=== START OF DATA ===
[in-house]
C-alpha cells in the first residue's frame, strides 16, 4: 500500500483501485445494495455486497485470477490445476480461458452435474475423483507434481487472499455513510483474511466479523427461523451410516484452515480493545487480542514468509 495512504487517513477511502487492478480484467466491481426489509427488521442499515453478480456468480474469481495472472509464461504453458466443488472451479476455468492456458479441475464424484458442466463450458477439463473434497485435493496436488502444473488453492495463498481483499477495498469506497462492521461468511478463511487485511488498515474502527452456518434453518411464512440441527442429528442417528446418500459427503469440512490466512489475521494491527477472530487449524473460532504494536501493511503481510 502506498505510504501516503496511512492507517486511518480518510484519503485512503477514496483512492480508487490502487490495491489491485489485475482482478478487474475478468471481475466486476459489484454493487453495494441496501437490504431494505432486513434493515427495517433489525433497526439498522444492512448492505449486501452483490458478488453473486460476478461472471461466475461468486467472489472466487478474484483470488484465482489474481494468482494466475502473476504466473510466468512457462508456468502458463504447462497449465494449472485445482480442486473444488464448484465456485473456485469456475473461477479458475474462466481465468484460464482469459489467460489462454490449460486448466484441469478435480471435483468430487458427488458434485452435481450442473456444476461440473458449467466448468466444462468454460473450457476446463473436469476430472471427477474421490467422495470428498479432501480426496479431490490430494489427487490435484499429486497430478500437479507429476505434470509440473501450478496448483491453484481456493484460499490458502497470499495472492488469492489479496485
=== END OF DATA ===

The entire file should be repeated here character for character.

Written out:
[in-house]
C-alpha cells in the first residue's frame, strides 16, 4: 500500500483501485445494495455486497485470477490445476480461458452435474475423483507434481487472499455513510483474511466479523427461523451410516484452515480493545487480542514468509 495512504487517513477511502487492478480484467466491481426489509427488521442499515453478480456468480474469481495472472509464461504453458466443488472451479476455468492456458479441475464424484458442466463450458477439463473434497485435493496436488502444473488453492495463498481483499477495498469506497462492521461468511478463511487485511488498515474502527452456518434453518411464512440441527442429528442417528446418500459427503469440512490466512489475521494491527477472530487449524473460532504494536501493511503481510 502506498505510504501516503496511512492507517486511518480518510484519503485512503477514496483512492480508487490502487490495491489491485489485475482482478478487474475478468471481475466486476459489484454493487453495494441496501437490504431494505432486513434493515427495517433489525433497526439498522444492512448492505449486501452483490458478488453473486460476478461472471461466475461468486467472489472466487478474484483470488484465482489474481494468482494466475502473476504466473510466468512457462508456468502458463504447462497449465494449472485445482480442486473444488464448484465456485473456485469456475473461477479458475474462466481465468484460464482469459489467460489462454490449460486448466484441469478435480471435483468430487458427488458434485452435481450442473456444476461440473458449467466448468466444462468454460473450457476446463473436469476430472471427477474421490467422495470428498479432501480426496479431490490430494489427487490435484499429486497430478500437479507429476505434470509440473501450478496448483491453484481456493484460499490458502497470499495472492488469492489479496485